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On December 20, 2021, the OECD released the model Anti Global Base Erosion Rules. The Model Rules (also referred to as the “GloBE” Rules) are part of a two-pillar solution—Pillar 1 gives taxing rights to market jurisdictions and Pillar 2 establishes a global minimum corporate tax of 15%—to address the tax challenges arising from the digitalisation of the global economy.

The two-pillar solution has been agreed upon by 137 out of 141 member jurisdictions of the OECD/G20 Inclusive Framework on BEPS—India is a member of the Inclusive Framework.

The Model Rules are complex, but will bring into existence a set of common principles at the domestic-law and treaty levels to tax income of specified businesses hitherto either not taxed or taxed at lower rates. The three principles supporting the global minimum tax comprise two—Income Inclusion Rule (IIR) and Undertaxed Payment Rule (UTPR)—that can be implemented as part of the domestic framework, and one, the Subject to Tax Rules (STTR), as part of the treaty framework.
The Rules have been designed as a “common approach”, leaving the decision to individual nations to adopt the Rules, meaning that they must necessarily accept its application by other members. They provide a template that jurisdictions can translate into domestic-law changes, to implement Pillar Two within an agreed timeframe.

GloBE Rules apply to MNEs with annual global revenues of 750 million euros, with certain governmental, not-for-profit entities and pension funds excluded. The global minimum tax thrusts a responsibility on MNEs to pay on excess profits a top-up tax rate representing the difference between their effective tax rate (for each jurisdiction) and prevailing domestic tax rate. The primary liability to pay such tax is on the jurisdictional entity of the MNE which has implemented the IIR. To the extent a portion of the top-up tax is not paid under IIR, the UTPR shall apply on residual profits, which shall be allocated amongst jurisdictions that have implemented changes in the domestic law framework. A complex set of rules is prescribed for allocation, including for corporate restructuring, holding structures, etc.

The implementation of Model Rules could face challenges, including the ambitious timelines for domestic-law change by 2023. Another important challenge is the willingness on part of the US lawmakers to embrace a modified GILTI (Global Intangible Low Taxed Income)—a domestic US anti-abuse rule concerning overseas Controlled Foreign Companies of US companies. The US has been the primary driver since July 2021, when the new administration expressed its support. So, the apparent delay or possible potential failure in enacting a legislation that revamps its domestic GILTI rules has raised doubts.

It is widely speculated that India will accept the GloBE rules, but the timing of its adoption remains uncertain. I do not anticipate changes in the domestic law in Budget FY23, and it is likely that India will wait and watch implementation by others. Having said that, numerous differences between India’s tax system and the design aspects of GloBE will have to be dealt with, apart from aligning definitions used in the Model Rules with definitions in India’s domestic law. To illustrate, India does not have Control Foreign Corporation (CFC) rules and these will have to be legislated into its income tax law. Another illustration: India does not rely on consolidation of income for tax purposes, a concept central to adoption of the GLoBE model. Instead, India’s domestic law recognises income computation on legal entity basis and after carrying out adjustments to book profits computed under Indian GAAP/IFRS. India could be at an advantage compared to nations that have an existing CFC regime, provided its new CFC regime is aligned to the GloBE framework.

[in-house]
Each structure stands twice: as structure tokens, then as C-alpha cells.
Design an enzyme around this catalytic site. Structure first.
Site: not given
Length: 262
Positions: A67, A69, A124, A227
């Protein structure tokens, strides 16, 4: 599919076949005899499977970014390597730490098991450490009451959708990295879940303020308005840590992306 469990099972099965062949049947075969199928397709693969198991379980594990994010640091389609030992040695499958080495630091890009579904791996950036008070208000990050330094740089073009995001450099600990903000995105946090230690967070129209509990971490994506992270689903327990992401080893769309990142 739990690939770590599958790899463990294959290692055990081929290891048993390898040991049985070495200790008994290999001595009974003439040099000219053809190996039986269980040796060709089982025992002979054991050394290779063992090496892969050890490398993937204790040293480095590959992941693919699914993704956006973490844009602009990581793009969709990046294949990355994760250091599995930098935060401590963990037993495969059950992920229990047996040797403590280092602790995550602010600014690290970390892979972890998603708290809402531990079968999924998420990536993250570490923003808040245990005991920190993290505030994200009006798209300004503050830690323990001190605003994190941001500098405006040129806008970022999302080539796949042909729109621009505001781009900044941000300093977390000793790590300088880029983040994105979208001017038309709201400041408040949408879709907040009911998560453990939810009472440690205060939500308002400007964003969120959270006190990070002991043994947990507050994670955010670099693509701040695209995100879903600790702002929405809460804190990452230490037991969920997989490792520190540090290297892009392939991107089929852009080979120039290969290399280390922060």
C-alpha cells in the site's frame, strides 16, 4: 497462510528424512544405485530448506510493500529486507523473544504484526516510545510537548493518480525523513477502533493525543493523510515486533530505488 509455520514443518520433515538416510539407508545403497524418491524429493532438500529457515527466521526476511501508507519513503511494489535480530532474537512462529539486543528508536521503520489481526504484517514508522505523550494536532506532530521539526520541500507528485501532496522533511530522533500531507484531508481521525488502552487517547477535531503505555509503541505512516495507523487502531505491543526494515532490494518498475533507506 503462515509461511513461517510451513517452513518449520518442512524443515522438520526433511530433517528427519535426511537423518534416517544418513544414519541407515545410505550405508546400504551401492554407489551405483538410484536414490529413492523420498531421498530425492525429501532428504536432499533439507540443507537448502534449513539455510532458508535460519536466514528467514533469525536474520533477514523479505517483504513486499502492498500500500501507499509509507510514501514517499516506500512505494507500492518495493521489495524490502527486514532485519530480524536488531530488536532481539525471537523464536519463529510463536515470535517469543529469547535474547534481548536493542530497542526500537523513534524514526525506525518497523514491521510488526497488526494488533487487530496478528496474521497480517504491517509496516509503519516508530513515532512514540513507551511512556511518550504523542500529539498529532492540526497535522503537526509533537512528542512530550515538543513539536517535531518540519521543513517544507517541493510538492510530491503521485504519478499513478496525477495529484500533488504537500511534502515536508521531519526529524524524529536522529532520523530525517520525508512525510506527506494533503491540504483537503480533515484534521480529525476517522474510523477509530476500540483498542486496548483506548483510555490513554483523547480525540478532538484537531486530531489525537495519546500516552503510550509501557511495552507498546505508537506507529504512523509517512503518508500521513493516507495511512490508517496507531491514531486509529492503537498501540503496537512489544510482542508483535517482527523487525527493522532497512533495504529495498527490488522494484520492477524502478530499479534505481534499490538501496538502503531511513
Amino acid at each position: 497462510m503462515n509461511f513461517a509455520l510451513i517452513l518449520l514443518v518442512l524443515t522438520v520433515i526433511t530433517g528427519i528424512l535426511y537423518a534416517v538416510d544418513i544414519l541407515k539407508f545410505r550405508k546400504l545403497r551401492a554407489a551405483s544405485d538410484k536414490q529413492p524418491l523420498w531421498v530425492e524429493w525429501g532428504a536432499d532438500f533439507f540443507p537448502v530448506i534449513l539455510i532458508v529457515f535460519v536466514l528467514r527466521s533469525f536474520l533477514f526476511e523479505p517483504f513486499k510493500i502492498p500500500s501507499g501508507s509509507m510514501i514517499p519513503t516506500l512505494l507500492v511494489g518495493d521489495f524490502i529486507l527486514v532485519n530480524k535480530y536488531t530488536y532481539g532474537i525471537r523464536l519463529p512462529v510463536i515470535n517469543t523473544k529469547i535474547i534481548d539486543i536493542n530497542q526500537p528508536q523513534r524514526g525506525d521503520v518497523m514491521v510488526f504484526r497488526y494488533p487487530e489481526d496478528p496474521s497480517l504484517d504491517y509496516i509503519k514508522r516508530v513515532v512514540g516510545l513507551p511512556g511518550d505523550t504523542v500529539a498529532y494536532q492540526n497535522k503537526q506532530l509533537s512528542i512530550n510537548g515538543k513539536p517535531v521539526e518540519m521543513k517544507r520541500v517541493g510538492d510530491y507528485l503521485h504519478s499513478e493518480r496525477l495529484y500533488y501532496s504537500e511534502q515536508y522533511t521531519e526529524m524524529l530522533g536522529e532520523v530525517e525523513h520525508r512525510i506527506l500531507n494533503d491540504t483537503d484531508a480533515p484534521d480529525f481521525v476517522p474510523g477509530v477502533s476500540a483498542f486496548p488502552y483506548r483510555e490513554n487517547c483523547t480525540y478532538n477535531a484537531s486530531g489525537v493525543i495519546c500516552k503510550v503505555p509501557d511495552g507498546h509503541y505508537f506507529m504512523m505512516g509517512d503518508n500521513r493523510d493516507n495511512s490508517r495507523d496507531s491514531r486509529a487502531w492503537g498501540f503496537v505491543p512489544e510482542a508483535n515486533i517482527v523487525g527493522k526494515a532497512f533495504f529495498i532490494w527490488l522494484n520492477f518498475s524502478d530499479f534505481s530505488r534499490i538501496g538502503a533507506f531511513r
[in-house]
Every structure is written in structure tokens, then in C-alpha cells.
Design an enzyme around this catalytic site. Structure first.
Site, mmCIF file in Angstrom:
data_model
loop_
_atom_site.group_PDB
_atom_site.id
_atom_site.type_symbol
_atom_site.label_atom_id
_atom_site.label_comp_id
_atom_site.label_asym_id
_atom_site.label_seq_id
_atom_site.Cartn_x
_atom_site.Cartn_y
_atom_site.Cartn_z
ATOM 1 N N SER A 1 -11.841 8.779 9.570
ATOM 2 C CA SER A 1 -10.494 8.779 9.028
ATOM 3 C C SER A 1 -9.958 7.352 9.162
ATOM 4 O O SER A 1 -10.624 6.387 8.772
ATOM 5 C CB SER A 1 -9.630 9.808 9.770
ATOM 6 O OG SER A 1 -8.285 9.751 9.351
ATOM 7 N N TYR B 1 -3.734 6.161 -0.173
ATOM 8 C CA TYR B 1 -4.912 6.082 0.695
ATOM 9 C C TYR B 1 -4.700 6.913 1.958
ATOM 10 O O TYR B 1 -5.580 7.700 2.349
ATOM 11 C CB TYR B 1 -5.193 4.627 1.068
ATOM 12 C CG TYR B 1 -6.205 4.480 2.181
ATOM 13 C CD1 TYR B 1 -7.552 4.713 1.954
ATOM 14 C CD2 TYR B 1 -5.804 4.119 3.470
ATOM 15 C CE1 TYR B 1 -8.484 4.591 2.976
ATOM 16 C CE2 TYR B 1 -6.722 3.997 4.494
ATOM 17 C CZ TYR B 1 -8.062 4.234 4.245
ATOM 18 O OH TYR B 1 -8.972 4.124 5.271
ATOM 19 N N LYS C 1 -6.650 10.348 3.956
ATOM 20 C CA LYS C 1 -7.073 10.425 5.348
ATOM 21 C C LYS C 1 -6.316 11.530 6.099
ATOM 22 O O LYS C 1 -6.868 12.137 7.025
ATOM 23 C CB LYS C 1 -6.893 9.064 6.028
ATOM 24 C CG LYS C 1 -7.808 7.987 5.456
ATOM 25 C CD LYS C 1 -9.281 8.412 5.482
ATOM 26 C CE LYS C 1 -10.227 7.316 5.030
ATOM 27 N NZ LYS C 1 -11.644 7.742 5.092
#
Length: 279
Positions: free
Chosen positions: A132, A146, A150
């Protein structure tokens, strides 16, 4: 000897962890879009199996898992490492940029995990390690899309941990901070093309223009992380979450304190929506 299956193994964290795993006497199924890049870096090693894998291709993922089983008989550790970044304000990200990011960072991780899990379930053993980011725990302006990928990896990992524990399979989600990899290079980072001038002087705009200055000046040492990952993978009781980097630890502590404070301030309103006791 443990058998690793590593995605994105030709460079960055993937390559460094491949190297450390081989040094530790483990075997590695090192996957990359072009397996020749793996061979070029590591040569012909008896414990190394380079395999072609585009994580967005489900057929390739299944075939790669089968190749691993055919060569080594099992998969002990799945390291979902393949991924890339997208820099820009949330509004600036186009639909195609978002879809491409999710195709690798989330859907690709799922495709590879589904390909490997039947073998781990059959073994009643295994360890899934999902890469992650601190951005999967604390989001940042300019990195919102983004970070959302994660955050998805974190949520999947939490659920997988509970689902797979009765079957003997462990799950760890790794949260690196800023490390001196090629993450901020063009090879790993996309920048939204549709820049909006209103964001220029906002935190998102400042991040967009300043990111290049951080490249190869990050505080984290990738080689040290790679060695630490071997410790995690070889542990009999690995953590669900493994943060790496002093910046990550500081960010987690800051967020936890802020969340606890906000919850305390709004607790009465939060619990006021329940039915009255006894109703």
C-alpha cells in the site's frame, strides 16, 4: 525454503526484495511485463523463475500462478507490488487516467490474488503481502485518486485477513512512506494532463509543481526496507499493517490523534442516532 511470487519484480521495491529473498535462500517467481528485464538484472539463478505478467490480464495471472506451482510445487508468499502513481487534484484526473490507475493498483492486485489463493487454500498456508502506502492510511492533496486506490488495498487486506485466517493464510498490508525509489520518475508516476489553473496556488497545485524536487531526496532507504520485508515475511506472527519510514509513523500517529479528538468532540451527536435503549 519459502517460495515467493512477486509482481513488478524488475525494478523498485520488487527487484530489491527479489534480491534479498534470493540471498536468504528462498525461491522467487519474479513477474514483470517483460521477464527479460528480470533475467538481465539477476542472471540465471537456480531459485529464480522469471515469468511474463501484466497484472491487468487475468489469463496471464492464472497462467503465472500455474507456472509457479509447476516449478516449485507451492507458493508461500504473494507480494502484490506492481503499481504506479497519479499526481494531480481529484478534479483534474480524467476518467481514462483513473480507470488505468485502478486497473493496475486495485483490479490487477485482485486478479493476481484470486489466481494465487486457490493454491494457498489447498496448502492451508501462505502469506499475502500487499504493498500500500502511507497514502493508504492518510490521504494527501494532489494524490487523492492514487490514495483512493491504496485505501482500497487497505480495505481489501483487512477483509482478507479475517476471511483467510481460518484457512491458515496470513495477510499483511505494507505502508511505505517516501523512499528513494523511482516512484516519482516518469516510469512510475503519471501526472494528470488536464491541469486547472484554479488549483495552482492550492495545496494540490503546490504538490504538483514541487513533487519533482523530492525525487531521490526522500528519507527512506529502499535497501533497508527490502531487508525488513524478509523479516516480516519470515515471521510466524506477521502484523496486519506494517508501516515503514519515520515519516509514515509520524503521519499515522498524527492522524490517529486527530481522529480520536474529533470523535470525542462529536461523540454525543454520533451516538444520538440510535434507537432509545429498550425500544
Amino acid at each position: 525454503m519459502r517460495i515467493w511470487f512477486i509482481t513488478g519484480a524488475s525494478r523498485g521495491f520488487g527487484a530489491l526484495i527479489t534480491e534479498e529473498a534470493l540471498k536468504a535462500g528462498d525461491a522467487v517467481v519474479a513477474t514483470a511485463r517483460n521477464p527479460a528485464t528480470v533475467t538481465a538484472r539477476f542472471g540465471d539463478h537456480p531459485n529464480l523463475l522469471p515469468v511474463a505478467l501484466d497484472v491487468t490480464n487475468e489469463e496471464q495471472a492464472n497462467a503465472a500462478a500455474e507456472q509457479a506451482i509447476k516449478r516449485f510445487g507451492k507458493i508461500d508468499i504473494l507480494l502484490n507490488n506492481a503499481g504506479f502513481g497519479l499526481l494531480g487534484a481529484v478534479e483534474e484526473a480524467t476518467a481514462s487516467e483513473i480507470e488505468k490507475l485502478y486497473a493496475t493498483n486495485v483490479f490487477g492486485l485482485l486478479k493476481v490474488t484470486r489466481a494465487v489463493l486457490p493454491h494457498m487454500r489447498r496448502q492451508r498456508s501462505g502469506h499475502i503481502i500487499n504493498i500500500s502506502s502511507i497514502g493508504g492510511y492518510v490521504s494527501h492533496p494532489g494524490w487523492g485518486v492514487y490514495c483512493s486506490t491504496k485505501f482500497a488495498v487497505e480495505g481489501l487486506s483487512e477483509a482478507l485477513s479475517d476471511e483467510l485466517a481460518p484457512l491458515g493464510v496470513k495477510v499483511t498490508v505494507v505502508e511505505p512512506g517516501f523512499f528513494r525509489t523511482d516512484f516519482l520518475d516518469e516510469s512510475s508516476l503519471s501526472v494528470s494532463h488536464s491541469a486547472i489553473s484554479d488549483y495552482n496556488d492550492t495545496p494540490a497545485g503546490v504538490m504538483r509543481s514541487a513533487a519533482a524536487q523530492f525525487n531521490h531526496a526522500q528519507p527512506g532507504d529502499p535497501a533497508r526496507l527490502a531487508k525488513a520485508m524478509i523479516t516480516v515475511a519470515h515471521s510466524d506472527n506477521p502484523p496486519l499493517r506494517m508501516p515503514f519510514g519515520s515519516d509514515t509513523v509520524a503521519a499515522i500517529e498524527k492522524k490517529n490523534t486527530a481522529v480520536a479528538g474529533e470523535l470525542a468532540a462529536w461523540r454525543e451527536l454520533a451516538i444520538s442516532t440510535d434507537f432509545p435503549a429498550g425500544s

Though changes in the international tax framework and India’s staunch support to OECD’s 2 Pillar solution shall put pressure to carry out changes to the domestic law, it is advisable to not rush into it, particularly on the GloBE proposals. Besides the complexity of implementation, all eyes are on the US taking the first step to amend its domestic rules, as a stalled process could lead to scepticism about global implementation by 2023. The complex US law-making process is expected to face hurdles as its enters the Senate-approval stage.

In conclusion, the world in 2022 appears to be changing more rapidly in terms of embracing multilateralism and in ways that would have been difficult to predict few years back. This also puts the onus on nations like India to align its domestic rules with international framework. A plain reading of the Model Rules suggests many variables, though, the outcome seems difficult to process and hence, the Commentary is eagerly awaited. A wholesome solution will depend upon (a) effective incorporation in the domestic law (b) countries staying committed to consistently implementation of Two-Pillar solution (c) adoption of Pillar 1 by the US, as Pillar 2’s acceptance by developing countries is largely contingent on Pillar 1 going ahead.

While this may not be a wholesome solution to the challenge of taxing digital companies, it establishes a floor for competition among nations on tax rates.

The author is Partner, BMR Legal
Views are personal

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